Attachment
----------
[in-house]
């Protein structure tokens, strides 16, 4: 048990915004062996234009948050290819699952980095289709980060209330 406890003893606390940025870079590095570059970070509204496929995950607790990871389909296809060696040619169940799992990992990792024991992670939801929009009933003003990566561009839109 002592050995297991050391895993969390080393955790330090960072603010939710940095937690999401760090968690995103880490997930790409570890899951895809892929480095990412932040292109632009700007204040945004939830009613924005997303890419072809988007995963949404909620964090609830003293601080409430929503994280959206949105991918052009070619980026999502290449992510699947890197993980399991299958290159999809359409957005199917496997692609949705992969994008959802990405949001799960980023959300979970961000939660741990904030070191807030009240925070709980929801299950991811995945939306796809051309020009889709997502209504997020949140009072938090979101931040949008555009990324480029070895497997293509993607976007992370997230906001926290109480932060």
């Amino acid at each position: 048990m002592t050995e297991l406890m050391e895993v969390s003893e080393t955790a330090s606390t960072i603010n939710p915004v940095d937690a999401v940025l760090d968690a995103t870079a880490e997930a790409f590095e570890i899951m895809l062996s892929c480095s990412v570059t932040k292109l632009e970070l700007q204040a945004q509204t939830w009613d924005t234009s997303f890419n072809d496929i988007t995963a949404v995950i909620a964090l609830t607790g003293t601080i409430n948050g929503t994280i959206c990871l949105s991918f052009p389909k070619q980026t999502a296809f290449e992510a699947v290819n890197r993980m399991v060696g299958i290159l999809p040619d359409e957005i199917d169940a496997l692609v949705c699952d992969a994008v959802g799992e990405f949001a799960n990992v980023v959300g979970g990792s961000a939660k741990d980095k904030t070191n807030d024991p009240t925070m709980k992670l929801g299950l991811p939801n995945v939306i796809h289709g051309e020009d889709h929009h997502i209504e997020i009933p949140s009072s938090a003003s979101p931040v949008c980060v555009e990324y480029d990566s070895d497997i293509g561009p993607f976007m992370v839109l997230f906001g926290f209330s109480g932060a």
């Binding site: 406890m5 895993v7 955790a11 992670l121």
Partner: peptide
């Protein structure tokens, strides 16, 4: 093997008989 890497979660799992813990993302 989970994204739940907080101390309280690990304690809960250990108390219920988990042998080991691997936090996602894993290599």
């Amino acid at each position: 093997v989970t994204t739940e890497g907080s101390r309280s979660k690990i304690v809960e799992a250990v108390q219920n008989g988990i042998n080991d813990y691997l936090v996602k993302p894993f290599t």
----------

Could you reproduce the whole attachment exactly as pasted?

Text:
[in-house]
């Protein structure tokens, strides 16, 4: 048990915004062996234009948050290819699952980095289709980060209330 406890003893606390940025870079590095570059970070509204496929995950607790990871389909296809060696040619169940799992990992990792024991992670939801929009009933003003990566561009839109 002592050995297991050391895993969390080393955790330090960072603010939710940095937690999401760090968690995103880490997930790409570890899951895809892929480095990412932040292109632009700007204040945004939830009613924005997303890419072809988007995963949404909620964090609830003293601080409430929503994280959206949105991918052009070619980026999502290449992510699947890197993980399991299958290159999809359409957005199917496997692609949705992969994008959802990405949001799960980023959300979970961000939660741990904030070191807030009240925070709980929801299950991811995945939306796809051309020009889709997502209504997020949140009072938090979101931040949008555009990324480029070895497997293509993607976007992370997230906001926290109480932060």
């Amino acid at each position: 048990m002592t050995e297991l406890m050391e895993v969390s003893e080393t955790a330090s606390t960072i603010n939710p915004v940095d937690a999401v940025l760090d968690a995103t870079a880490e997930a790409f590095e570890i899951m895809l062996s892929c480095s990412v570059t932040k292109l632009e970070l700007q204040a945004q509204t939830w009613d924005t234009s997303f890419n072809d496929i988007t995963a949404v995950i909620a964090l609830t607790g003293t601080i409430n948050g929503t994280i959206c990871l949105s991918f052009p389909k070619q980026t999502a296809f290449e992510a699947v290819n890197r993980m399991v060696g299958i290159l999809p040619d359409e957005i199917d169940a496997l692609v949705c699952d992969a994008v959802g799992e990405f949001a799960n990992v980023v959300g979970g990792s961000a939660k741990d980095k904030t070191n807030d024991p009240t925070m709980k992670l929801g299950l991811p939801n995945v939306i796809h289709g051309e020009d889709h929009h997502i209504e997020i009933p949140s009072s938090a003003s979101p931040v949008c980060v555009e990324y480029d990566s070895d497997i293509g561009p993607f976007m992370v839109l997230f906001g926290f209330s109480g932060a």
């Binding site: 406890m5 895993v7 955790a11 992670l121």
Partner: peptide
């Protein structure tokens, strides 16, 4: 093997008989 890497979660799992813990993302 989970994204739940907080101390309280690990304690809960250990108390219920988990042998080991691997936090996602894993290599």
């Amino acid at each position: 093997v989970t994204t739940e890497g907080s101390r309280s979660k690990i304690v809960e799992a250990v108390q219920n008989g988990i042998n080991d813990y691997l936090v996602k993302p894993f290599t």